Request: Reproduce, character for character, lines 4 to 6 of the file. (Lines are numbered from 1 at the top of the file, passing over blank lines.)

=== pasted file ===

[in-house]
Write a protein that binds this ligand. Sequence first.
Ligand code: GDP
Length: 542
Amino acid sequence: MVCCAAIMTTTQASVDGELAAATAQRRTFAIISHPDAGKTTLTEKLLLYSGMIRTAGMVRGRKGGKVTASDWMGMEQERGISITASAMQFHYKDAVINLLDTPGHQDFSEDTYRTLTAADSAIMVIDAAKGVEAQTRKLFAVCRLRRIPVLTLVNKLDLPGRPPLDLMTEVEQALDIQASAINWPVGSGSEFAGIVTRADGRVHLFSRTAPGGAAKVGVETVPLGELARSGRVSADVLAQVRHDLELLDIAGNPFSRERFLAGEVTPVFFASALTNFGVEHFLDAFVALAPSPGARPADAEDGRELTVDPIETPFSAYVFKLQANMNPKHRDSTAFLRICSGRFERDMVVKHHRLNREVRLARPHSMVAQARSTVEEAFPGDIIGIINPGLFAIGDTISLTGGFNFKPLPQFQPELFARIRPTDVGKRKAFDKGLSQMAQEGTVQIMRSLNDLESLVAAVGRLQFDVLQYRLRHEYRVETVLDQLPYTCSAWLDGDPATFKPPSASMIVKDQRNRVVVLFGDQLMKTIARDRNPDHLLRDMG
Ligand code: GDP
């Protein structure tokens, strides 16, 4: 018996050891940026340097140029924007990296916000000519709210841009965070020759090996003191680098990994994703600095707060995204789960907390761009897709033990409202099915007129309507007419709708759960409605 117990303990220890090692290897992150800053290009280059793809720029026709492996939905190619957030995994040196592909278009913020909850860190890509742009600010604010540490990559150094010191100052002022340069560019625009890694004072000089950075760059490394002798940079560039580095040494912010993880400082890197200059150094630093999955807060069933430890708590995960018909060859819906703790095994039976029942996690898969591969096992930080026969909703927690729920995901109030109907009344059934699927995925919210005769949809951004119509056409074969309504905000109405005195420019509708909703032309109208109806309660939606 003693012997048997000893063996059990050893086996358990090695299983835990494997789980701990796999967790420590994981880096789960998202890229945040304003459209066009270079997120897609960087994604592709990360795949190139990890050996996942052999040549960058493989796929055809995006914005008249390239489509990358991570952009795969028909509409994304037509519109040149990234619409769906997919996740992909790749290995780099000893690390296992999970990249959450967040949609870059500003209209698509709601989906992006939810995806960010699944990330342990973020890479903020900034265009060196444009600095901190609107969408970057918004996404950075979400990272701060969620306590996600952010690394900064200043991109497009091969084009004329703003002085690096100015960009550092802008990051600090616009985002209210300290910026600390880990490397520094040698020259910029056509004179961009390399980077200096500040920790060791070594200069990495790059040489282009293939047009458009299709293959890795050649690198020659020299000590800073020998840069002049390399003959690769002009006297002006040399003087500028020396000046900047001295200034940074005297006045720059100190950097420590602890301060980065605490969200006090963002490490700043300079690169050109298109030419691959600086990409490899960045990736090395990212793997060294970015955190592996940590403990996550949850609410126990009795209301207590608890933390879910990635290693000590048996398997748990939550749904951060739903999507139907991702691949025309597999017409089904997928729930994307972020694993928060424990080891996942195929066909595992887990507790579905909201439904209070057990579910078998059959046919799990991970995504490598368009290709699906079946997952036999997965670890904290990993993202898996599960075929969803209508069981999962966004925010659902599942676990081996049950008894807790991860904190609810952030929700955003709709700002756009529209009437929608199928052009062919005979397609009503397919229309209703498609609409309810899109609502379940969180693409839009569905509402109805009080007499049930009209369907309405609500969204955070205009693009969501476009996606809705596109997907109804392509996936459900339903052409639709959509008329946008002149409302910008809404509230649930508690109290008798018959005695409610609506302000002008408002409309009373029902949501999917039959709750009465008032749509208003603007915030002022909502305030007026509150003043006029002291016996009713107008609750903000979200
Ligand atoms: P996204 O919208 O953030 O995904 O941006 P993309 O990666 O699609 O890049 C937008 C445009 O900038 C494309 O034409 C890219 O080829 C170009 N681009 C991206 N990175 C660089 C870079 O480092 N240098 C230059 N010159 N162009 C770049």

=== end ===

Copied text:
Length: 542
Amino acid sequence: MVCCAAIMTTTQASVDGELAAATAQRRTFAIISHPDAGKTTLTEKLLLYSGMIRTAGMVRGRKGGKVTASDWMGMEQERGISITASAMQFHYKDAVINLLDTPGHQDFSEDTYRTLTAADSAIMVIDAAKGVEAQTRKLFAVCRLRRIPVLTLVNKLDLPGRPPLDLMTEVEQALDIQASAINWPVGSGSEFAGIVTRADGRVHLFSRTAPGGAAKVGVETVPLGELARSGRVSADVLAQVRHDLELLDIAGNPFSRERFLAGEVTPVFFASALTNFGVEHFLDAFVALAPSPGARPADAEDGRELTVDPIETPFSAYVFKLQANMNPKHRDSTAFLRICSGRFERDMVVKHHRLNREVRLARPHSMVAQARSTVEEAFPGDIIGIINPGLFAIGDTISLTGGFNFKPLPQFQPELFARIRPTDVGKRKAFDKGLSQMAQEGTVQIMRSLNDLESLVAAVGRLQFDVLQYRLRHEYRVETVLDQLPYTCSAWLDGDPATFKPPSASMIVKDQRNRVVVLFGDQLMKTIARDRNPDHLLRDMG
Ligand code: GDP